Funnily enough last year my Honda dealer was like a ghost town, jungle vines had grown up around the service ramps. Of late its absolutely buzzing in there, over a two week waiting list for a service slot, any time you walk in someone is being handed their car and the sales desks are full of customers talking deals. Honda may not be sporting any more which is a shame, but post recession jitter, the grey pound is out in force and buying.

10 August 2010

[quote theonlydt]Anyone remember when we had the Accord Type R, Civic VTI, Prelude VTI, S2000 and NSX. [/quote]

Not to mention the Integra Type R - the one car I regret not buying while I had the chance.

Agree with many of the other sentiments here. The Accord Estate is the only good looking car left in the range. IMHO.


10 August 2010

[quote The Apprentice]Of late its absolutely buzzing in there, over a two week waiting list for a service slot, any time you walk in someone is being handed their car and the sales desks are full of customers talking deals.[/quote]

My next door neighbour just replaced his old CR-V with a newer one, he had looked at other manufacturers, but went back to Honda. When he told me the amount of money he was offered in part-ex on top of the deal for taking the car, my jaw hit the floor. The dealer was in Kent and didn't even want to see his PX, just offered him 5k over the phone. Maybe they've channelled all their F1 budget into variable marketting.

10 August 2010

Ah that is indeed a saddening and disappointing news item.

I have been a long term Honda fan, from a CRX Vtec in my younger days, Prelude through to an NSX.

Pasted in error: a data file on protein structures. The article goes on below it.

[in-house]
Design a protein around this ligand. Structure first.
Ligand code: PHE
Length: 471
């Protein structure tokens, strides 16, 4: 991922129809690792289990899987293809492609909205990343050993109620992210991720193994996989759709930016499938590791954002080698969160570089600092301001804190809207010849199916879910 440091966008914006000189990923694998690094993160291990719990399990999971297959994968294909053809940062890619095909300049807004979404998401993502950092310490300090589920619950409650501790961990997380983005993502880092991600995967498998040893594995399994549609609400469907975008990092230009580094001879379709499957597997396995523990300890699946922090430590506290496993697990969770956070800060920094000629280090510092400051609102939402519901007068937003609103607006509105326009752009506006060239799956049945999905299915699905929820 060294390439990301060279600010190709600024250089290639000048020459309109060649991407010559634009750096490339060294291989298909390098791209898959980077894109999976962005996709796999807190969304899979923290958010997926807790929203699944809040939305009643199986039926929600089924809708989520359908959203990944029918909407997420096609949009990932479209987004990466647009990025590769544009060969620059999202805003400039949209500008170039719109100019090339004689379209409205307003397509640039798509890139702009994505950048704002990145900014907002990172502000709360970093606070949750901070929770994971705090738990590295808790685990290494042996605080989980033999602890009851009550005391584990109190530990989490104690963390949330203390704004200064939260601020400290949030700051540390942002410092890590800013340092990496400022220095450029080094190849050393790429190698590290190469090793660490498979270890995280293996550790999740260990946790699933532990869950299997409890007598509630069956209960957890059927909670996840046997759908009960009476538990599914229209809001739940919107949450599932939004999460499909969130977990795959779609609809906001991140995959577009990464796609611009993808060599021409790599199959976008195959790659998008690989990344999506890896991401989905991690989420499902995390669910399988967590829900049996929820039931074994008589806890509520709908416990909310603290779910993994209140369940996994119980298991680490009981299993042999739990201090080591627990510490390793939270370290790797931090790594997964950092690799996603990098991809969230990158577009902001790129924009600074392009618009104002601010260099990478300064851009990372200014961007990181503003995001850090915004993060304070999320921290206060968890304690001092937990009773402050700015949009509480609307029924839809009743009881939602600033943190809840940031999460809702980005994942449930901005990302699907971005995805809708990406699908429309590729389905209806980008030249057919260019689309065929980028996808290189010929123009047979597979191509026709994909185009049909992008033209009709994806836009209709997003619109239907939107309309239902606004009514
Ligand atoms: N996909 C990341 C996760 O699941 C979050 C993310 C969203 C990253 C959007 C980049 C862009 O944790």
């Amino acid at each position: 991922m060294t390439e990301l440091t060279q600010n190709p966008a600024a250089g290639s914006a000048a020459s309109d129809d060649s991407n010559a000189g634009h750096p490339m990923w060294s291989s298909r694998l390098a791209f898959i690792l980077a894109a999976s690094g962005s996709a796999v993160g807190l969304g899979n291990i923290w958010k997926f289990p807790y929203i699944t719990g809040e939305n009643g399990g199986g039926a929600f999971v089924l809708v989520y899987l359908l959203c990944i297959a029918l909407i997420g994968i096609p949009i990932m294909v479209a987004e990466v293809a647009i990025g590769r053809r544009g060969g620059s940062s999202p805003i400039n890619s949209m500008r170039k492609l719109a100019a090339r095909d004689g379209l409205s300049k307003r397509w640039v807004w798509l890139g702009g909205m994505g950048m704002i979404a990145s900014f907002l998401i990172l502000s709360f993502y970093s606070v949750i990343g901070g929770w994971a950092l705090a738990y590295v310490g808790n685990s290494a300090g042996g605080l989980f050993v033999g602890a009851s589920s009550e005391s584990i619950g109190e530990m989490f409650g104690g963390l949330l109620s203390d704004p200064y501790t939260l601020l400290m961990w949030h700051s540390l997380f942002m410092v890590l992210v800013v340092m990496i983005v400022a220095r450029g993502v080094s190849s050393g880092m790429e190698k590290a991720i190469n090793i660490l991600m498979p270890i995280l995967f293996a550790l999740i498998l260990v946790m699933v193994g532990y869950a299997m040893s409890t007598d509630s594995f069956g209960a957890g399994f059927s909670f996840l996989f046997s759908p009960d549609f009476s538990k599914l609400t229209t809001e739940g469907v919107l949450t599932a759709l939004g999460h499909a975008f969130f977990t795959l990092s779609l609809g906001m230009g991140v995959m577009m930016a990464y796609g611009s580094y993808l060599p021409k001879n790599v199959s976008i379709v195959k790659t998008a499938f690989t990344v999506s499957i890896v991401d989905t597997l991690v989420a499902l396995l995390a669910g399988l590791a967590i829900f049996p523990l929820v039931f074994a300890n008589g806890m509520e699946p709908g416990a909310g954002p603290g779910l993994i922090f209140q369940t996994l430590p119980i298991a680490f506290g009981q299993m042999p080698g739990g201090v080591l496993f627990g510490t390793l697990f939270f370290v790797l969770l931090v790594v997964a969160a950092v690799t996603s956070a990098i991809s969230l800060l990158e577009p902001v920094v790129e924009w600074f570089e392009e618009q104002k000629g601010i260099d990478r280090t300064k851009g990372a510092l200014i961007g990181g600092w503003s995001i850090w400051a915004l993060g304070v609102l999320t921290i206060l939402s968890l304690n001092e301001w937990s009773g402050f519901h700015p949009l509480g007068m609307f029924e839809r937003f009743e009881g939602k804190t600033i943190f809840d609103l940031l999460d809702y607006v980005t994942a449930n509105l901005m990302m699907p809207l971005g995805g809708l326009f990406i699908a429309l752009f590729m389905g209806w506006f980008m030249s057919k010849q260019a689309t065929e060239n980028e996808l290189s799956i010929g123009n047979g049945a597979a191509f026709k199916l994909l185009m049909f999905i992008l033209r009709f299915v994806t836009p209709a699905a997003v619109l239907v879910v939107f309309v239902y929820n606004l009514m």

Honda's prowess in engine technology was (and I am sure still is) a marvel. Being utterly ignorant of the costs of adaption it is hard to comment on the enormity of changes required, but one would have thought if anyone can, Honda can. Sales volumes of course predicating.

The Type R Civic is stuff of legends and I guess it is now all down to Ford and Renault (Citroen DS?) to uphold the fight.

A sad moment I fear...

...but I hope they will be back in the melee soon. I am sure the CR-Z is paving the way for some exciting possibilities.

10 August 2010

Forget hyundai/Kia I think Proton has a more exciting line up than Honda. This used to be an engineering driven company, but now, I dont know what to say.

10 August 2010

[quote phillio3]Pulling out of F1 and canning the NSX has made them an irrelevance.
[/quote]

I am not really sure what F1 has got to do with anything. Most people don't watch F1 because it is completely dull, therefore there isn't a massive marketing benefit compared to the initial outlay. I would suggest that not being in F1 is a good thing for car manufacturers as they don't have to waste all of their money funding cars going round in a circle for two hours every weekend ;-).

I am not sure if this is good business from Honda, but if you can't make the returns on the investment, there really is no point in making the car anymore. I would image the engine would be far less powerful under the new emissions requirements too.

10 August 2010

I dont think there is any indication of the new civic not having a type R model. its just the existing 2.0 engine will no longer be used. i think mayabe a new type R will share the same engine as the mugen CRZ. i think it will be a hybrid type R. just me guessing though.